>>> What you want to do is tricky because your data structure is difficult
>> to deal with.  My guess is that it has to do with a misconception about how
>> a Python dictionary works. Yes, it is a series of key/value pairs, but not
>> the way you have it.   It looks like you put together dictionaries where
>> each dictionary has a 'Value' and a 'Key'.
>>> 
>>> Instead, _each_ item in a dictionary is a key value pair. The key is
>> typically a string, and the value is obviously some value associated with
>> that key.  For example, if you have the ability to rebuild your data a
>> different way, it looks like it would be better to deal with it something
>> like this:
>>> 
>>> aList = [
>>>           {'Name':'shibboleth-prd', 'Billing':'kmvu',
>> 'Resource_group_id': '20179204-181622543367489'},
>>>           {'Name':'shibboleth-tst', 'Resource_group_id':'20172857-
>> 152037106154311'}
>>>           ]
>>> 
>>> This is a list of dictionaries.  However, I'm not sure what you are
>> trying to do with this data.  I'm guessing that you want to match a
>> resource group id, and if you find it, print the name and the billing info
>> if they exist.  If so, you may want something like this (untested):
>>> 
>>> def printInfo(thisGroupID):
>>>   for thisDict in aList:    # loop through all dictionaries in the list
>>>      if thisGroupID == aList['Resource_group_id']:
>>>           if 'Name' in thisDict:   # if thisDict has a key called 'Name'
>>>               print ('Name is', thisDict['Dict'])
>>>           if 'Billing' in thisDict:   #  if thisDict has a key called
>> 'Billing'
>>>               print ('Billing is', thisDict['Billing'])
>>> 
>>> Hope this helps,
>>> 
>>> Irv
>>> 
>>> 
>>> 
>>>> On Apr 8, 2017, at 5:55 PM, Kenton Brede <kbrede at gmail.com> wrote:
>>>> 
>>>> This is an example of the data I'm working with.  The key/value pairs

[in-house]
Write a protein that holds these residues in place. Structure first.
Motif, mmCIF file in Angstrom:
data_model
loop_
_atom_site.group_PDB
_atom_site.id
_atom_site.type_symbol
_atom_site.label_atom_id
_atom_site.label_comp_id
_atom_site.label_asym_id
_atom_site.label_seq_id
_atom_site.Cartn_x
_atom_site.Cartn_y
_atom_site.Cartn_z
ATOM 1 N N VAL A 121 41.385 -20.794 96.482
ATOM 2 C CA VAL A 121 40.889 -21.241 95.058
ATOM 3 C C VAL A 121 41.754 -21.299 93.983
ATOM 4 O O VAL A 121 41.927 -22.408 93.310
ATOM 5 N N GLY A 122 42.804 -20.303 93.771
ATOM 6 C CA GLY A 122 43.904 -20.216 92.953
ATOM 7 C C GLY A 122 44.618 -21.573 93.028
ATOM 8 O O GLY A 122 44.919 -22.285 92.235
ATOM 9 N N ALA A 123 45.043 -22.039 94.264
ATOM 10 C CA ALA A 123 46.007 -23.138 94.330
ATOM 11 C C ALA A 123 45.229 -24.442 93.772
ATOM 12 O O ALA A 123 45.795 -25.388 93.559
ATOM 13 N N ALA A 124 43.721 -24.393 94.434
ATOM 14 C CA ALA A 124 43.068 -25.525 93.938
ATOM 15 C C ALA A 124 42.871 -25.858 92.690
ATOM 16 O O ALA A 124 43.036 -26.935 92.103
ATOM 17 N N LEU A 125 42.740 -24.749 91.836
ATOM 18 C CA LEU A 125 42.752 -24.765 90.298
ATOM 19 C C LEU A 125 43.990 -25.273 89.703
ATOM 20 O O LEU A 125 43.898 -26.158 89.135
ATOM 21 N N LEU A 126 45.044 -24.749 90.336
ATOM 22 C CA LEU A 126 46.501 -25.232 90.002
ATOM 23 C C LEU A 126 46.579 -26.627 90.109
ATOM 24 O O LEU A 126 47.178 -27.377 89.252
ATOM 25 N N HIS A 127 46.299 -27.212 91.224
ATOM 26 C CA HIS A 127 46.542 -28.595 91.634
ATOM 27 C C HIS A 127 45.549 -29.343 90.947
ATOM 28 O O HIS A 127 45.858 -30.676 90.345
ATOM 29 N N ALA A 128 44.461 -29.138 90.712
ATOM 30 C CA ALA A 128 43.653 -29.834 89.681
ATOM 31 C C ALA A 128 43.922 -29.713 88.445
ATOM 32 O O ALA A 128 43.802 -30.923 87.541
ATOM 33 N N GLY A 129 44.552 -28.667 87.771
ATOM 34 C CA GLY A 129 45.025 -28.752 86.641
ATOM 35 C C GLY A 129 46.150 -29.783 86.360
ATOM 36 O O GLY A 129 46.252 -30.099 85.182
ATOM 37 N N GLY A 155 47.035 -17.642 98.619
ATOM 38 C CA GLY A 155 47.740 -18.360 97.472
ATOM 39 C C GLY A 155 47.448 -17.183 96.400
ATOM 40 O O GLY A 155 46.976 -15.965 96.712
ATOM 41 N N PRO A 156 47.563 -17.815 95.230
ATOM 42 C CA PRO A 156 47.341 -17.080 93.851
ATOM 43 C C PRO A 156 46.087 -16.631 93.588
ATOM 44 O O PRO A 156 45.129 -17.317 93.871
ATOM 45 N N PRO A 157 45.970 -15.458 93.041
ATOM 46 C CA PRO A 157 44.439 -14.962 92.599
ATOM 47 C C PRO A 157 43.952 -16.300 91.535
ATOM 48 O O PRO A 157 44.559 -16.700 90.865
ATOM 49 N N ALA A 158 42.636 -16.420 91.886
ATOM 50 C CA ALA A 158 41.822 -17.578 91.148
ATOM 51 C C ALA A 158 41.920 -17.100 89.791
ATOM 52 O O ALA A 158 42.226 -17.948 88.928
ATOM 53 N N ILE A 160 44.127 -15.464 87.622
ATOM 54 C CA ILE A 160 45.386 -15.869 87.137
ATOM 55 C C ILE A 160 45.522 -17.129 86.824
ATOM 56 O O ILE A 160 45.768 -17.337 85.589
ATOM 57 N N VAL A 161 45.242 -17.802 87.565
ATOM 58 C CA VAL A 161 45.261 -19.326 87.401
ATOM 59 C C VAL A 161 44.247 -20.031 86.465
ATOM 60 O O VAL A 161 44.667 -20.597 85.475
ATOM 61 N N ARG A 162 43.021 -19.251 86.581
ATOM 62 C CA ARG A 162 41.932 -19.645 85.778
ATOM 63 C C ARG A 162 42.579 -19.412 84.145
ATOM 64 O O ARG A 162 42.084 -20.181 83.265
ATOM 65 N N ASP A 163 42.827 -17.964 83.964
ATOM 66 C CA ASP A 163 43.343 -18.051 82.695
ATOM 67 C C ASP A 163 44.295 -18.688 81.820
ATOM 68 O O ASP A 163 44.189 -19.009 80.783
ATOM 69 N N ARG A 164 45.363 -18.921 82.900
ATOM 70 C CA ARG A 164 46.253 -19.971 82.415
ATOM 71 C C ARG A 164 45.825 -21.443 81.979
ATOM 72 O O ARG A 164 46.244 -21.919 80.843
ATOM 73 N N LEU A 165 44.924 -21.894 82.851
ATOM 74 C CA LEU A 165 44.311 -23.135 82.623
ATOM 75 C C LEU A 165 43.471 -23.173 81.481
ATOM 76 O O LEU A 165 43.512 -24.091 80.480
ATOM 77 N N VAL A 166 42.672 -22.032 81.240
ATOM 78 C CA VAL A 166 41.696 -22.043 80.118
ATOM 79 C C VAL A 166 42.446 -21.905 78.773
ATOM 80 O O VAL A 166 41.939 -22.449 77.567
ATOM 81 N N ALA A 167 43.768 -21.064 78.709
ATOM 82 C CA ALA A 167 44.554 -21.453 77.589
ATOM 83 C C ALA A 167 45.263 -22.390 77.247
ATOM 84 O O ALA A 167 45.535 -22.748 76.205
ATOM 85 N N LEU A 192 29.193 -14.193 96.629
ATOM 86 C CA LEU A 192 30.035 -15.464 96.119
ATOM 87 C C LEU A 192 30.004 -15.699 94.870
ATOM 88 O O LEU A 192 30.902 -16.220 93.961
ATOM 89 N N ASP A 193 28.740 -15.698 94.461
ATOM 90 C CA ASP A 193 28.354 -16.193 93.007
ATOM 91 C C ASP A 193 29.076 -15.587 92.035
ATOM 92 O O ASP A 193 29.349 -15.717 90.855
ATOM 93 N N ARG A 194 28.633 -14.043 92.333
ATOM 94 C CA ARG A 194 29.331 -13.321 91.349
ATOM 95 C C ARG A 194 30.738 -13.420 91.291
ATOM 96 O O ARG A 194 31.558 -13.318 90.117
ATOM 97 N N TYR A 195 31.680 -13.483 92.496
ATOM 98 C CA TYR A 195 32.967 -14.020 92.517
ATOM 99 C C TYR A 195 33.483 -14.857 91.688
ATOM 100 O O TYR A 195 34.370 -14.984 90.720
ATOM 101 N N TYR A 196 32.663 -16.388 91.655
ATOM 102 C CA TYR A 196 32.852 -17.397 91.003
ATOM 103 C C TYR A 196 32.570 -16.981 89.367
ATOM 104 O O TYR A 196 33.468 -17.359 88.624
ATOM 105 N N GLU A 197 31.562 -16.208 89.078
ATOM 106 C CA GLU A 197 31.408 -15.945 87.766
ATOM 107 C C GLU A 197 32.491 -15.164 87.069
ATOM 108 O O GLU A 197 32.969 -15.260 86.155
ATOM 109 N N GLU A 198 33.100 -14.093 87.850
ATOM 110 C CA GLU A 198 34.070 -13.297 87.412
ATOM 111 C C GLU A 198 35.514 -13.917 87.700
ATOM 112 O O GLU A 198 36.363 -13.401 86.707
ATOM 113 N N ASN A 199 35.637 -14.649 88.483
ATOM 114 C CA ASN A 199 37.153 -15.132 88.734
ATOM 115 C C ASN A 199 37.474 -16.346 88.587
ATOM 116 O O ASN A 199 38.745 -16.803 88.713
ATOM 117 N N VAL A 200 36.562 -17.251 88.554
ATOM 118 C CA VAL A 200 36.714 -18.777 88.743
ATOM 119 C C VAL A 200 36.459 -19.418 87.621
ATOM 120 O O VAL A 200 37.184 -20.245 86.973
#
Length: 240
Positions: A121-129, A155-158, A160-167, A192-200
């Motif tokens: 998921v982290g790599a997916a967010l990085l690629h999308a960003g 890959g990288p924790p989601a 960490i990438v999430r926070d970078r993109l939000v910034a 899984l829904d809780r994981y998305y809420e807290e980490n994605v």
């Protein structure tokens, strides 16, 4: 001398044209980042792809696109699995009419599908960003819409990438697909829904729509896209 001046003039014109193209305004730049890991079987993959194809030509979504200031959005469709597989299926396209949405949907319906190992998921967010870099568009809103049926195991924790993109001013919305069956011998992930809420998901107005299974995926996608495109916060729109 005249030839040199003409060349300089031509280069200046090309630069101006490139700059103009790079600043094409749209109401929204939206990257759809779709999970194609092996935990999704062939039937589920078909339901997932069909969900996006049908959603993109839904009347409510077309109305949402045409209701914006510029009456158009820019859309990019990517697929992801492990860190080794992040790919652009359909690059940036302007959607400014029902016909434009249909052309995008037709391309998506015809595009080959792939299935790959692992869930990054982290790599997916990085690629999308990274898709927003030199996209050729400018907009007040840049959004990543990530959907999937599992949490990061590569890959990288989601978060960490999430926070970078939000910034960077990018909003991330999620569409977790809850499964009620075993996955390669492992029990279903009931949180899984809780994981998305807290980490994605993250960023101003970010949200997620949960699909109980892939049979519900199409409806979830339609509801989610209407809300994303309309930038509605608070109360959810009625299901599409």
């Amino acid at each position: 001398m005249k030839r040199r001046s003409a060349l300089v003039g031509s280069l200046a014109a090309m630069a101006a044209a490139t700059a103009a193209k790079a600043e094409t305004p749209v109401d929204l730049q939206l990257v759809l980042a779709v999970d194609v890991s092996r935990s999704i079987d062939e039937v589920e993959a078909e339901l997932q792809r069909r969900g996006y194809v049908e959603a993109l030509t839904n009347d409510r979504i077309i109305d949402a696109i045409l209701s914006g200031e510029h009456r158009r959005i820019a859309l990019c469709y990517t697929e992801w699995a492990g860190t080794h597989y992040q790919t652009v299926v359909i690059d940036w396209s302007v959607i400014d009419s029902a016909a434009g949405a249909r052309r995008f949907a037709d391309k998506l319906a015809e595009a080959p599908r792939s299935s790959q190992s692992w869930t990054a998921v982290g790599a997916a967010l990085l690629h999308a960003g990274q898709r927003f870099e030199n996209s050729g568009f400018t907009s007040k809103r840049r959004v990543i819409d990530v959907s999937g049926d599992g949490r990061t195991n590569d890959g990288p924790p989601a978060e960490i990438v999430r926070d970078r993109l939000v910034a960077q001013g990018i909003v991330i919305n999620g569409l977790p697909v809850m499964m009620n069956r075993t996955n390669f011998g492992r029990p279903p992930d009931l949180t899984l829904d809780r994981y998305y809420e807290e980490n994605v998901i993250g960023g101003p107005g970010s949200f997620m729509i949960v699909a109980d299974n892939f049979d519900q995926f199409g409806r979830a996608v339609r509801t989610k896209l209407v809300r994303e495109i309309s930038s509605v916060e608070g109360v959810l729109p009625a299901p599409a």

>> may
>>>> come in any order. There are some keys like the 'Resource_group_id' key
>> and
>>>> the 'Name' key which will always be present, but other lists may have
>>>> unique keys.
>>>> 
>>>> alist = [[{u'Value': 'shibboleth-prd', u'Key': 'Name'}, {u'Value':
>> 'kvmu',
>>>> u'Key': 'Billing'},
>>>>          {u'Value': '20179204-181622543367489', u'Key':
>>>> 'Resource_group_id'}],
>>>>         [{u'Value': '20172857-152037106154311', u'Key':
>>>> 'Resource_group_id'},
>>>>          {u'Value': 'shibboleth-tst', u'Key': 'Name'}]]
>>>> 
>>>> What I want to do is something along the lines of:
>>>> 
>>>> for a in alist:
>>>>  if a['Resource_group_id'] == '01234829-2041523815431':
>>>>      print the Value of 'Name'
>>>>      print the Value of 'Billing'
>>>> 
>>>> I've found I can do the following, to print the value of 'Name' but that
>>>> only works if the 'Resource_group_id' key is the first key in the list
>> and
>>>> the 'Name' key is in the second slot.  If each list contained the same
>>>> keys, I could probably sort the keys and use [num] to pull back values,
>> but
>>>> they don't.
>>>> 
>>>> for a in alist:
>>>>  if a[0]['Key'] == 'Resource_group_id' and a[0]['Value'] ==
>>>> '20172857-152037106154311':
>>>>      print a[1]['Value']
>>>> 
>>>> There has to be a way to do this but I've been pounding away at this for
>>>> hours.  Any help appreciated.  I'm new to Python and not a programmer,
>> so
>>>> go easy on me. :)
>>>> --
>>>> https://mail.python.org/mailman/listinfo/python-list
>>>> 
>>> 
>> 
>> --
>> https://mail.python.org/mailman/listinfo/python-list
>> 
> -- 
> https://mail.python.org/mailman/listinfo/python-list
>